The gap between the average price of a leasehold property and the average price of a freehold home has reached 77%, according to HouseScan.
Across England, leasehold homes have sold for an average of £185,129 in England over the last year, whilst freehold homes have sold for £327,009.
In Wales the average freehold has sold for 44% more at £163,993, compared to £113,660 for the average leasehold.
The price gap is largest in London, where freeholds have sold for 97% more over the last 12 months.
The South East and East of England have also seen freehold homes sell for 80% and 83% more than leaseholds respectively.
This gap is smallest in the North West, although the average freehold home has still commanded an average sold price 32% higher than that of leasehold homes in the last year.
On a regional basis, Kensington and Chelsea noted the greatest leasehold to freehold property price gap in the whole of England and Wales.
Over the last year, the average freehold home in the borough has sold for £3.3m.
In contrast, leasehold homes have averaged just £980,000 during the same time period, resulting in a freehold premium of 237%.
However with this new government legislation, the lower price paid for leasehold homes could now present an opportunity for homebuyers to get on the ladder at a far lower cost, according to HouseScan.
Harry Yates, founder and managing director of HouseScan, said: “I think we can all agree that the government’s shake-up of the leasehold structure is well overdue.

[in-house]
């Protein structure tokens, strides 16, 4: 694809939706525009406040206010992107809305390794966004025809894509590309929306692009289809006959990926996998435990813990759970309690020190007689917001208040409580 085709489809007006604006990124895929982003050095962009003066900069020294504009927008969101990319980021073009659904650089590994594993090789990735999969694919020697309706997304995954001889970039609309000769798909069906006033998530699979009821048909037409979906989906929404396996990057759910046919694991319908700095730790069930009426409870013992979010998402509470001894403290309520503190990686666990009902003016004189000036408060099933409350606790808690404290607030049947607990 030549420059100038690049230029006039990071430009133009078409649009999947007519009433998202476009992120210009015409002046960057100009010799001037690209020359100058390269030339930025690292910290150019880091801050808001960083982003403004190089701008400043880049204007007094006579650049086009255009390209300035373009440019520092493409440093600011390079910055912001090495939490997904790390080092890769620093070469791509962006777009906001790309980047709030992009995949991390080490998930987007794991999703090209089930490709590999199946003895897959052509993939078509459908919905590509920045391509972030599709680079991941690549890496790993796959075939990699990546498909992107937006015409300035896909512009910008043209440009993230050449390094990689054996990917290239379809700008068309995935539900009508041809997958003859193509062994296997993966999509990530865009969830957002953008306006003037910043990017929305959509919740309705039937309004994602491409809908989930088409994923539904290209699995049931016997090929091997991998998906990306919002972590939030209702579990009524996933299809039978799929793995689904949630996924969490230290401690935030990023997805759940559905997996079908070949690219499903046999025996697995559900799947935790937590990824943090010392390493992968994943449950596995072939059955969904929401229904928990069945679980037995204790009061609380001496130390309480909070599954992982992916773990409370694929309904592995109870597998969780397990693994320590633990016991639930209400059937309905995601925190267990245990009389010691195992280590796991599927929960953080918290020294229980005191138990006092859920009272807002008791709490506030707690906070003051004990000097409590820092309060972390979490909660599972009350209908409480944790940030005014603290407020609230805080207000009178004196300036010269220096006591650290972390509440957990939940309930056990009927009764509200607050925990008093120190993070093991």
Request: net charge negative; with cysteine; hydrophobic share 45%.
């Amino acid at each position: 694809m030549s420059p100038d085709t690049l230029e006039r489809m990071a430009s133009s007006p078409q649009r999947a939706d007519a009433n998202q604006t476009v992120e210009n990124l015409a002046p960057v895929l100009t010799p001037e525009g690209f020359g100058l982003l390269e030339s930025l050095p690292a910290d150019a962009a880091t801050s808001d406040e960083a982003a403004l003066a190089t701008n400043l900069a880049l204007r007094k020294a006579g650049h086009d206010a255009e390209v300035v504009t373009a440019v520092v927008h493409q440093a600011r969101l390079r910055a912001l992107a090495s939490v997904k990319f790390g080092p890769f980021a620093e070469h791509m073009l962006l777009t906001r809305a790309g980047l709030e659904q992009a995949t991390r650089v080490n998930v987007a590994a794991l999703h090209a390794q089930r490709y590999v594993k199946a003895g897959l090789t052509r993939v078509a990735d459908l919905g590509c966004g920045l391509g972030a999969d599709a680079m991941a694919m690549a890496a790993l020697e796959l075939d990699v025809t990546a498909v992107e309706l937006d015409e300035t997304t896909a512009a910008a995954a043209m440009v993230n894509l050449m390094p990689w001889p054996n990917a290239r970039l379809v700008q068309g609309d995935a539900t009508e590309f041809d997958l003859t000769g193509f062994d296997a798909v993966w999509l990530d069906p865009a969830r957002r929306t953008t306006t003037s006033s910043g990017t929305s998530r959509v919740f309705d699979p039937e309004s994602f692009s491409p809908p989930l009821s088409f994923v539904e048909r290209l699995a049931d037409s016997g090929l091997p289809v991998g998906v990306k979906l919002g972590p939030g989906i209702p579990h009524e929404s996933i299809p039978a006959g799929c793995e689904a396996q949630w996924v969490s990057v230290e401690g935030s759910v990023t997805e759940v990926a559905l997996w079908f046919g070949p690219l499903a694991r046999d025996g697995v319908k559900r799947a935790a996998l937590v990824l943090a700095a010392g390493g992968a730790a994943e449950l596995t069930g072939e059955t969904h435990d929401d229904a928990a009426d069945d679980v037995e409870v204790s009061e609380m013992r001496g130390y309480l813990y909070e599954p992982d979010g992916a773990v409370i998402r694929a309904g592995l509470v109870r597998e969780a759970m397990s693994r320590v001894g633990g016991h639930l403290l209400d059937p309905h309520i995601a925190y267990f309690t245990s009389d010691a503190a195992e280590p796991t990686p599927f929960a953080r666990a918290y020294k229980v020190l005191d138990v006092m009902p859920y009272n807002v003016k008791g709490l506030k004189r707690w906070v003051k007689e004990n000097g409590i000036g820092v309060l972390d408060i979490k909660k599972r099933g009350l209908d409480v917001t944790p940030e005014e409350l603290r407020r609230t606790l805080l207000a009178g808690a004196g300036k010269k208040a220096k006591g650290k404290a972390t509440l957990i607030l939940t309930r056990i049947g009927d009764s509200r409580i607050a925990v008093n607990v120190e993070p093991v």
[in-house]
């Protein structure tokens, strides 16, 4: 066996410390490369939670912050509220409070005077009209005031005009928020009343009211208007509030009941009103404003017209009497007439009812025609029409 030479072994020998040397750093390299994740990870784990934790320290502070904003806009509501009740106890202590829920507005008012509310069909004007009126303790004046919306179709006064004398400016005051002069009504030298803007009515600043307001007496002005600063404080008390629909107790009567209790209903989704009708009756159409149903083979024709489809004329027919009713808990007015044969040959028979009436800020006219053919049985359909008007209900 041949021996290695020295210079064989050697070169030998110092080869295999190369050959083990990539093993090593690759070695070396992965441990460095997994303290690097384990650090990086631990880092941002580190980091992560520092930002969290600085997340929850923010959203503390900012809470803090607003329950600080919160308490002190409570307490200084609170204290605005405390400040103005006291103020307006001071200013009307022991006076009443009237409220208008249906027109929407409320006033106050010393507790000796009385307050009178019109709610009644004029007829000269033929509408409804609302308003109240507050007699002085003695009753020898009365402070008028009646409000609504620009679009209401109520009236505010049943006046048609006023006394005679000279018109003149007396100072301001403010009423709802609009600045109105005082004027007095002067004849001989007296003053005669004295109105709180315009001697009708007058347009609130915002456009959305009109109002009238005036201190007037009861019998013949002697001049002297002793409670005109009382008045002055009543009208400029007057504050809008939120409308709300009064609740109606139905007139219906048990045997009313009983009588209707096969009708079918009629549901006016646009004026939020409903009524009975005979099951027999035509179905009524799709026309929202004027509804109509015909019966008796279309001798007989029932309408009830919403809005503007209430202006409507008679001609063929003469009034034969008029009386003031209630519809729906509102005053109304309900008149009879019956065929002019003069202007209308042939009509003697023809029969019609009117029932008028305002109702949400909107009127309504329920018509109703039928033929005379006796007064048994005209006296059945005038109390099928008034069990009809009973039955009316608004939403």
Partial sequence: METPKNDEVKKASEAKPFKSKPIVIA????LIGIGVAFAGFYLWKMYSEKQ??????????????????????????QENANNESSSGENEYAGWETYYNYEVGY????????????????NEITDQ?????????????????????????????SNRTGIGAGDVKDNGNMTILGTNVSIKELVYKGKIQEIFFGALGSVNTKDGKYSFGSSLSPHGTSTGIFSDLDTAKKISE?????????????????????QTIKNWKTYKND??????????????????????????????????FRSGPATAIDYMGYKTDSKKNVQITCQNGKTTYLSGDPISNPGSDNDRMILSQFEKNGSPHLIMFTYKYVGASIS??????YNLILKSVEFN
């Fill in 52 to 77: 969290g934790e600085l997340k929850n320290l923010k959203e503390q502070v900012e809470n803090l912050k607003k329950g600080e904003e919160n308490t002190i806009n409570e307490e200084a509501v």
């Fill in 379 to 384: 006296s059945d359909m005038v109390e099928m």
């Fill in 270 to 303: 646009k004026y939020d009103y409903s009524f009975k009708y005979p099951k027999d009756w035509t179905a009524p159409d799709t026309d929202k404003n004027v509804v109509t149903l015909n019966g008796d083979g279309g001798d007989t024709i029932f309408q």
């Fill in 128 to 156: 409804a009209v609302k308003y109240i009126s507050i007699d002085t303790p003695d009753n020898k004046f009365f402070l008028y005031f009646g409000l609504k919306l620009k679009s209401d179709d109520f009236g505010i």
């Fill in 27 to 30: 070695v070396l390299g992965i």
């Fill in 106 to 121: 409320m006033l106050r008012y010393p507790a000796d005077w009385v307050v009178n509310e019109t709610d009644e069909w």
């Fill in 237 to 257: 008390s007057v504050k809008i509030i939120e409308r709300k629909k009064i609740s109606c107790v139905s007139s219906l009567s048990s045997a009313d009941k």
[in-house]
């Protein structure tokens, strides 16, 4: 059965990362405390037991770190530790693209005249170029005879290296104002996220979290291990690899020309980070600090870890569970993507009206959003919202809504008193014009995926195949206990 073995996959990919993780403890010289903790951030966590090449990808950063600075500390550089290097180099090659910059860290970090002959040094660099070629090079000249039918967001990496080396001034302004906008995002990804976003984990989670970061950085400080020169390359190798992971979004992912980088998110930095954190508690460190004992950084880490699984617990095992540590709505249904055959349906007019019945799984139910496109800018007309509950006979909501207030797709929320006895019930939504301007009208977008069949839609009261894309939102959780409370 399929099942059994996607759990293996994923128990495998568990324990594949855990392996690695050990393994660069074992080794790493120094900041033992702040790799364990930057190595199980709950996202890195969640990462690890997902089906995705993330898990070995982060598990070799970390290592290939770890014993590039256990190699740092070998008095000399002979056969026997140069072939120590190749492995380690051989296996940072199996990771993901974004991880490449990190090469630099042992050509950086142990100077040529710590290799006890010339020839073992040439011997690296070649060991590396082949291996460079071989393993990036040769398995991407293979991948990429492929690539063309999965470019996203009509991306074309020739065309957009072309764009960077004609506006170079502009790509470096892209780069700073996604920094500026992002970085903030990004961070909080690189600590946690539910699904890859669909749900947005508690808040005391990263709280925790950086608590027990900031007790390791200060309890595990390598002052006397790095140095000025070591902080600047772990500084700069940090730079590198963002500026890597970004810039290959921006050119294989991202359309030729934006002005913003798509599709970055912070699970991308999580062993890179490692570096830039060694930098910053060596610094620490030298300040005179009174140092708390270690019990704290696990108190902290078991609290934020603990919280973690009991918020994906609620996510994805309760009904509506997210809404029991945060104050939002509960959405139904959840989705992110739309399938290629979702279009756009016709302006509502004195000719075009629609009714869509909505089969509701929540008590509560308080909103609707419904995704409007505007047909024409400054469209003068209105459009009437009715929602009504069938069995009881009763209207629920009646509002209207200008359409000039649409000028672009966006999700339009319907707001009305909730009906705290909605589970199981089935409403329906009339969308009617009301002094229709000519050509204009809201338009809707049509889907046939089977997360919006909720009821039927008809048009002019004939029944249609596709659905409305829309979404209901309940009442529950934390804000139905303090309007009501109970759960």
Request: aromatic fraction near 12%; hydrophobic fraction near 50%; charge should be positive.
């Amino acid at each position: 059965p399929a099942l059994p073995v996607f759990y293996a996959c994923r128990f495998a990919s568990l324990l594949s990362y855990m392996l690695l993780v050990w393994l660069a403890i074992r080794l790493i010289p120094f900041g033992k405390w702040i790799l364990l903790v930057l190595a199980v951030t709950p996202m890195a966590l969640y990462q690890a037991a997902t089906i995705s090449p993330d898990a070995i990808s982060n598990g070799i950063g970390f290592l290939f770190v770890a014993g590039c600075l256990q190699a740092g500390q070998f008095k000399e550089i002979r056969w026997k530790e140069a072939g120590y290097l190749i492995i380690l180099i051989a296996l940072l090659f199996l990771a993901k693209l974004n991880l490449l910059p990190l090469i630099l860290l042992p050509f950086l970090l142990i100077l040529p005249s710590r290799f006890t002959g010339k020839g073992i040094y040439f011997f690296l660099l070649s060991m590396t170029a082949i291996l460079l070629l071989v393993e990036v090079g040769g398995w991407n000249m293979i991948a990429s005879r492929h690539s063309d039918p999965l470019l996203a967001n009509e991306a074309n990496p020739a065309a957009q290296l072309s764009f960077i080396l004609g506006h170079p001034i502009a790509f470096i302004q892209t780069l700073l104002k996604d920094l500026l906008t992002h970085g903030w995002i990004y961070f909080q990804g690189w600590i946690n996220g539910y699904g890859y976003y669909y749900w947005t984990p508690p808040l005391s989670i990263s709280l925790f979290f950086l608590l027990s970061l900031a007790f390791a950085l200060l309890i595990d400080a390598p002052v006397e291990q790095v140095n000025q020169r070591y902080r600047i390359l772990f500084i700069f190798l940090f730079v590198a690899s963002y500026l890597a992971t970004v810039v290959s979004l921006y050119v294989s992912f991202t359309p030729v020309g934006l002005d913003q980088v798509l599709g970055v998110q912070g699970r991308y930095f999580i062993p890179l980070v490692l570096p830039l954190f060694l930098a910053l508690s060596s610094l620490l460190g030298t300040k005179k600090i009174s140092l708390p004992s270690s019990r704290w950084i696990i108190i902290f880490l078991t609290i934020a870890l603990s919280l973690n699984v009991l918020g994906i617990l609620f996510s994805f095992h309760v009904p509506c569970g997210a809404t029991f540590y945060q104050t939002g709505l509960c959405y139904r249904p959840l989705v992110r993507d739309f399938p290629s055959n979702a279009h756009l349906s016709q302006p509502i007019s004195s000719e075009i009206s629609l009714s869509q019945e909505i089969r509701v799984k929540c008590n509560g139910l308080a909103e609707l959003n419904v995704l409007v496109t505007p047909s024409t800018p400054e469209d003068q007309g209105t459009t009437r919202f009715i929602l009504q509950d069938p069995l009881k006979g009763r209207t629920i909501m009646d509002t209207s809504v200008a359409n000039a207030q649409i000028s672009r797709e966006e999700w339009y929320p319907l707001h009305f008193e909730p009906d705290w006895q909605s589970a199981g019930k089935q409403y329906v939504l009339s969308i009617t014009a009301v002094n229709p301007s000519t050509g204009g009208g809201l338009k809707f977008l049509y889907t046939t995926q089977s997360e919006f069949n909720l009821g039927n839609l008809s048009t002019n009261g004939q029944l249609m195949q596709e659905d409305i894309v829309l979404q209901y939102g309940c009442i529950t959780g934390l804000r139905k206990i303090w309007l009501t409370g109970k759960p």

“For far too long, leasehold homeowners have been at the mercy of their freeholder and we’ve seen some pretty backhanded practices uncovered in recent years.
“It’s simply not acceptable to toy with someone’s life, particularly for little motivation other than greed and these latest reforms should help steady the ship and bring greater security to those in the leasehold space.
“It could also help reduce the current price deficit paid for leasehold homes as the stigma surrounding them starts to lift.
“All too often, the renewal of a lease or the time left on it can impact the price a buyer is willing to pay.
“So a 990-year extension and the promise of zero ground rent should help overcome this.
“Of course, it’s important to note that property type also plays a big part in this difference in price and so we’re unlikely to see the gap close completely.
“While leasehold properties aren’t exclusively restricted to flats, they are far more common when compared to other types of housing stock and so this also influences the lower price paid for leaseholds in general, but also in areas such as London where a greater proportion of housing stock is flats.”